— Homes Gardens of the Northwest staff

If you want to automatically receive a free daily homes and gardens tip, sign up at OregonLive.com’s newsletter subscription site.

Article source: http://www.oregonlive.com/hg/index.ssf/2013/03/hardscapes_in_your_yard_the_ba.html

The garden of your love

In our valley most of us enjoy the luxury of having land around our houses. So why not to beautify your surroundings and enjoy the greatest excitement of owing a garden. Whenever you find some difficulty in establishing or maintaining your garden, don’t hesitate to consult the landscape experts, as their consultation is needed to do landscaping successfully on a big scale.
Sowing seeds and plants are beginnings, ideas and possibilities. Some of them at least will bear fruit. Growing and taking care of a garden is an essential expression of what makes us human the capacity to nurture, as a plant is demanding but it never comes to you, you have to go to it. It may be crying for water or food or it may be feeling too hot or cold. Therefore, no gardening can be done sitting in an easy chair, reading library books on gardening, you have to come out and be with the plants.
The art and craft of gardening is based on very sound rules. The perfect garden does not just happen but is built up by careful observation of certain rules. In our valley most people give little time and thought to the design of the garden as compared to the time, amount and thought spent on the designing and furnishing of the house. The design of garden is no less important than the house. Everything from lawn making to selection of plants needs to be planned in detail.
Lawn making: A lawn is an inseparable part and heart of a good home garden. It provides a natural setting for the growing of flowers and shrubs like a canvas for painting a picture. An early morning walk on dew covered lawn carpet refreshes you. That is the joy which no million dollar carpet of the world can offer. But there is perhaps no branch of the gardening so simple and yet so neglected in our valley as the proper construction and maintenance of the grass lawns. It is so common to see otherwise really good gardens spoiled by weedy, patchy, irregular lawn growth, when adherence to a few simple rules in planting an maintenance would ensure a pleasant and good, well- covered weed free lawn surface.
Choose a place where you get sunlight throughout the day. If not at least six hours sunlight is essential. Also this place should not get waterlogged. Hoe the ground thoroughly into a depth of half a meter. Now de-weed and filter it from foreign objects. Then ground the clay in fine particles. Also check the level of the ground. For small lawn it is better to keep the land a bit higher from the adjacent places. In case of big lawn make sure that the centre part is highest and then level it as such that it goes slowly downward towards the periphery. Now your lawn is ready for seeding or planting, depending upon the method you choose. Planting is the easier one of the both methods. Get weed free grass chunks and plant it on. If you go for seeding, mix the seed with fine sandy loam or sand and spread it evenly. Keep the soil moist until the grass appears.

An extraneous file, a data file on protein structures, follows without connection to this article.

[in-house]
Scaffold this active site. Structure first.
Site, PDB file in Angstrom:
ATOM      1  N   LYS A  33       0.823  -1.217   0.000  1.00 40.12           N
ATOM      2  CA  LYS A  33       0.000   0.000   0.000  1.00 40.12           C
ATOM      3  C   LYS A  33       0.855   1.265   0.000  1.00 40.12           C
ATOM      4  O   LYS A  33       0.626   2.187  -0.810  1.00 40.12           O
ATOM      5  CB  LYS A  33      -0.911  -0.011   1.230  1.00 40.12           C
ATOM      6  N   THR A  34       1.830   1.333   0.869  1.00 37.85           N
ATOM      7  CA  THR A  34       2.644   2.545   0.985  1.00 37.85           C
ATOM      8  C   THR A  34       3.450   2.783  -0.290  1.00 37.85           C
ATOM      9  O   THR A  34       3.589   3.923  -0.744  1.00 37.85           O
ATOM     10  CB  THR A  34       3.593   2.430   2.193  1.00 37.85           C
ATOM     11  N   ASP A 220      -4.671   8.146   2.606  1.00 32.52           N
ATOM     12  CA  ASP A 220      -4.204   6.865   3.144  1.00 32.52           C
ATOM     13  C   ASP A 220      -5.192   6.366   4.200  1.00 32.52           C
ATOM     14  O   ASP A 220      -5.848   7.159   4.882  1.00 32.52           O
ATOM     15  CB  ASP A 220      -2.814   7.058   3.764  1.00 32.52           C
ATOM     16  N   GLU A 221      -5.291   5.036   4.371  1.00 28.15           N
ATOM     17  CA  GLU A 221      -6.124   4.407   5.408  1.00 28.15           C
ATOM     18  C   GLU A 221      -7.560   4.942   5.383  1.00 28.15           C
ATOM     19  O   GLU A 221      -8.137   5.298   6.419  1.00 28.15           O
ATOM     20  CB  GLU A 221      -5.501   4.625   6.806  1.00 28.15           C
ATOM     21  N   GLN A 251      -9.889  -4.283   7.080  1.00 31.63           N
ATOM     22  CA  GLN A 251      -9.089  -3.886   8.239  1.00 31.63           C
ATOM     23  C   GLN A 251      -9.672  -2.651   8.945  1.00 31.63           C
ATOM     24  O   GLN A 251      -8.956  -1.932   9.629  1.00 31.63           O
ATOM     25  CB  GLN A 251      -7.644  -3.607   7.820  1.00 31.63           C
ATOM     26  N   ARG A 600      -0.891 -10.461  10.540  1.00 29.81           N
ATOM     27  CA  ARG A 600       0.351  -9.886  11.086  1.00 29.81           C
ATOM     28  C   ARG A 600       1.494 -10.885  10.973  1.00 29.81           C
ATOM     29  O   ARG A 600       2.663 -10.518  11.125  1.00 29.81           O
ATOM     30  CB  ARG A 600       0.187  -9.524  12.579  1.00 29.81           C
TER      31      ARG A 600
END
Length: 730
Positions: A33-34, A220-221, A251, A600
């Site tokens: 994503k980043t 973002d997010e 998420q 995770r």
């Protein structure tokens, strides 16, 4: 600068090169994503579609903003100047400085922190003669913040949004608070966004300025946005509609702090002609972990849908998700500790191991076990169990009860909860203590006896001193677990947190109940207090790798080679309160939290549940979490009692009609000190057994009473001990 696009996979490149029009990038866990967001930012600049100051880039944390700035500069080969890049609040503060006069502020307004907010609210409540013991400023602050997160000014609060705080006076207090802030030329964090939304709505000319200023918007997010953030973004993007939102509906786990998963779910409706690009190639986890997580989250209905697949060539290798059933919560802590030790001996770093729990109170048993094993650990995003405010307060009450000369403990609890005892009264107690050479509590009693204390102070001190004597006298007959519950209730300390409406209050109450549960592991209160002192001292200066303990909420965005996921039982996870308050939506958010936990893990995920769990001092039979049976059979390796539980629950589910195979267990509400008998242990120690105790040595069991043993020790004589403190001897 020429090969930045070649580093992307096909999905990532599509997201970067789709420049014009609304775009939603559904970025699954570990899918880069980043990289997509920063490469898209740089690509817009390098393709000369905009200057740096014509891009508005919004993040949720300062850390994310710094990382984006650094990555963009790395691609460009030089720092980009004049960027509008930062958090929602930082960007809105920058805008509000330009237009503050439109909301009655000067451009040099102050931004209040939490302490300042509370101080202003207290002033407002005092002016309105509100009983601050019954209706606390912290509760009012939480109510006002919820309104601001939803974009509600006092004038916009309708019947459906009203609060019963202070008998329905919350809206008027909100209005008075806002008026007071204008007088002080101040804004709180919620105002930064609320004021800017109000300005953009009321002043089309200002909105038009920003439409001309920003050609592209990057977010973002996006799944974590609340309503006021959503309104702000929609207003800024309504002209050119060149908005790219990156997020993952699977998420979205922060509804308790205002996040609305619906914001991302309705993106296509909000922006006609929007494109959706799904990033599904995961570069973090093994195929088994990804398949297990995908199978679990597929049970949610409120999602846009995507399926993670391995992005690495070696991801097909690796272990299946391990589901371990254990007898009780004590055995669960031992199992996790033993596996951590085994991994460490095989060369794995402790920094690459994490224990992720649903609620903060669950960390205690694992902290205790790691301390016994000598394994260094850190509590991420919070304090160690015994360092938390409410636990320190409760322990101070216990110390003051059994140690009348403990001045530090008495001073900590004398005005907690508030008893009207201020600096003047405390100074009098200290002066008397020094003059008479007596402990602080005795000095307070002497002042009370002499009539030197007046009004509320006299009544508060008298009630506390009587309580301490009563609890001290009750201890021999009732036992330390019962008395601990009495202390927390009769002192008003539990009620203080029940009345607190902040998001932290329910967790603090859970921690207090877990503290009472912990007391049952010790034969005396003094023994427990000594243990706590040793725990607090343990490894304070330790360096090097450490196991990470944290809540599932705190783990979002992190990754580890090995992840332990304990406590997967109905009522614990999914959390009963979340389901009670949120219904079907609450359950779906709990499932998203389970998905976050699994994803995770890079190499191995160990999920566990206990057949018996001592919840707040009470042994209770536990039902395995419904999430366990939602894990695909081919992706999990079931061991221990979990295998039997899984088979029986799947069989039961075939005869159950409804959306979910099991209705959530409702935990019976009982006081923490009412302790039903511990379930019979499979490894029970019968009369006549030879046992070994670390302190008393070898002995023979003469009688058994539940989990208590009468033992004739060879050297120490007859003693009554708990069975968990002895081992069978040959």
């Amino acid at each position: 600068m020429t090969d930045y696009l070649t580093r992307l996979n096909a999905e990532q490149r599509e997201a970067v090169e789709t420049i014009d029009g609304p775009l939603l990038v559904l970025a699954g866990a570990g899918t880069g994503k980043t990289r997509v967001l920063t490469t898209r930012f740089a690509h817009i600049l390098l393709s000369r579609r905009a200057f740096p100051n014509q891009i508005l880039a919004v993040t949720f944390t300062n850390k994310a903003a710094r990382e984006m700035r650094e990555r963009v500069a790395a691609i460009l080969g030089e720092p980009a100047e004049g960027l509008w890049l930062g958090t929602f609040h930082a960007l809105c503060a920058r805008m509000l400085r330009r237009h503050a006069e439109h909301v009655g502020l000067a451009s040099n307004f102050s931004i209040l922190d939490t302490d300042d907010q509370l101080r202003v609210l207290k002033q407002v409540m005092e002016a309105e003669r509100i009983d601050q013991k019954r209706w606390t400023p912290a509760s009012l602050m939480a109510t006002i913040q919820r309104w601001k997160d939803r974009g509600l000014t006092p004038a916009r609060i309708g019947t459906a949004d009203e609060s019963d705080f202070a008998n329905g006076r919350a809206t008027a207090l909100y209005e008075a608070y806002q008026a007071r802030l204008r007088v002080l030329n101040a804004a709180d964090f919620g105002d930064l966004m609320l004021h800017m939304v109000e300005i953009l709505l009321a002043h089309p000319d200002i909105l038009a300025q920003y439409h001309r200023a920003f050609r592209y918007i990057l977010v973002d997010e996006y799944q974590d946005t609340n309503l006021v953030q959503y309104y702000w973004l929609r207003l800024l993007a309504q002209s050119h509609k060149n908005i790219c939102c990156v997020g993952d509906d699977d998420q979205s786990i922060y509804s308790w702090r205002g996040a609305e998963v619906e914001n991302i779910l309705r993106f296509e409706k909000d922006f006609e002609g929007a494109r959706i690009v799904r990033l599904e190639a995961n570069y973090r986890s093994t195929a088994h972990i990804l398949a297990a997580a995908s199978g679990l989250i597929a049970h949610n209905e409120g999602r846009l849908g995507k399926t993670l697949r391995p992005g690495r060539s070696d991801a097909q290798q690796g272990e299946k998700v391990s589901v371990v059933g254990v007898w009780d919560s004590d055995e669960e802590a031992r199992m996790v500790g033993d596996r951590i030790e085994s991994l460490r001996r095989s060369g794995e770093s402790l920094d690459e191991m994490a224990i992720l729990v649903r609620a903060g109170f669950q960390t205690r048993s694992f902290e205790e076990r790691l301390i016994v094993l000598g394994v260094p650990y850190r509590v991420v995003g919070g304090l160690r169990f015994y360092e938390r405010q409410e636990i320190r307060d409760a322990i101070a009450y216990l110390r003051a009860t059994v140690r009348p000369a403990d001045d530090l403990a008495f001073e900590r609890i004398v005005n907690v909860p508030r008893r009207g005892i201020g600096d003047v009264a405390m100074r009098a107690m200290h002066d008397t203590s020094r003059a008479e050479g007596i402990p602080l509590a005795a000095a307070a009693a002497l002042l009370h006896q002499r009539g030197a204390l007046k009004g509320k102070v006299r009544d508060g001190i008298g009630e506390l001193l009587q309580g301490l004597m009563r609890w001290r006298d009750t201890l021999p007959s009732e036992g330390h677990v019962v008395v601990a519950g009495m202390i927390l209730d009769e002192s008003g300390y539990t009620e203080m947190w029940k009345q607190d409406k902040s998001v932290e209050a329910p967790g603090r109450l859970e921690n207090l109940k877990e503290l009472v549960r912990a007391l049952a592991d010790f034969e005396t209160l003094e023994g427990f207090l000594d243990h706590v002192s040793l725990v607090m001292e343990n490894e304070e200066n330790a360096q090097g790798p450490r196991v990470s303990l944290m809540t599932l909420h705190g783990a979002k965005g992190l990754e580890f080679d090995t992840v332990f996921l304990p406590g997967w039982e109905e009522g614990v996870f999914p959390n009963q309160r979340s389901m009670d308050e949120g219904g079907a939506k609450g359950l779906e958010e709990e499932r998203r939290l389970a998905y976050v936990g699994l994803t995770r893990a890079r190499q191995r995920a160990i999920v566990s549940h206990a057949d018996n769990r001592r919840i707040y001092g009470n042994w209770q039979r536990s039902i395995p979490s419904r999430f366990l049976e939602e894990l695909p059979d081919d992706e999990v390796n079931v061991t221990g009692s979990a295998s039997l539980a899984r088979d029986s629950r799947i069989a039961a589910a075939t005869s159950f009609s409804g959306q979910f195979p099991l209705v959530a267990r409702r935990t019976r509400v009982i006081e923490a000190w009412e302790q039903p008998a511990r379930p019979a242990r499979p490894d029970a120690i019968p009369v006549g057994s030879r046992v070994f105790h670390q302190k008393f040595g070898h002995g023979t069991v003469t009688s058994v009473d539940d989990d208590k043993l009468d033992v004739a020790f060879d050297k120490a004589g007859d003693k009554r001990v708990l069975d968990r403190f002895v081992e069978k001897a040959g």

Mowing:
Cut lawns when it reaches a height of 4 to 5 cms. In winter cut it as low as possible. Mowing once in a week is good for your lawn. When mowing, never mow twice in same direction, try lengthwise and sideways alternatively. Also never mow, when the soil is wet.

Fertilizing:
After monsoon rake the lawn lightly and spread a half inch layer of soil mixture containing leaf mould and finely grounded soil one part each. For clayey soil, sand in equal quantity should be added to the mixture. Give the lawn a dose of liquid fertilizer bi-weekly. Prepare the liquid fertilizer by mixing 10 ml of urea with 10 litres of water. You can also use ammonium sulphate instead of urea.

Deweeding:
This is the most awesome part of lawn maintenance. If you take care of it thoroughly at the beginning, it will not give you much trouble. Whereas in any existing lawn, any weed has to be removed completely with root. Also spread the grass you get after mowing as mulch. It, not only helps to prevent the spreading of the weed, also act as a nutrients for the lawn.

Bed preparation:
This is no ones favourite garden chore, but theres no way around it. Your chosen site will probably have grass on it or at least weeds. These must be cleared somehow, before you can plant anything. The important point to be borne in mind in digging is that top 20-25cm (8-10inch) soil which is the richest and the best, should remain at the top. After the soil has been prepared, it should be levelled with a wooden beam. If it is desired to make a bed alongside a road, an appreciable margin of lawn should be left between the bed and the road as it will considerable enhance the effect of the flowers. Soil may be enriched by adding organic and inorganic manures.
Choosing plants: This is harder than you might think .If you are starting small, you have to limit yourself to a handful of plants. Start with what colours you like. Rather than basing your dreams on a photograph from a magazine, take a look at what your neighbours are growing successfully. They may even able to give you a division or two.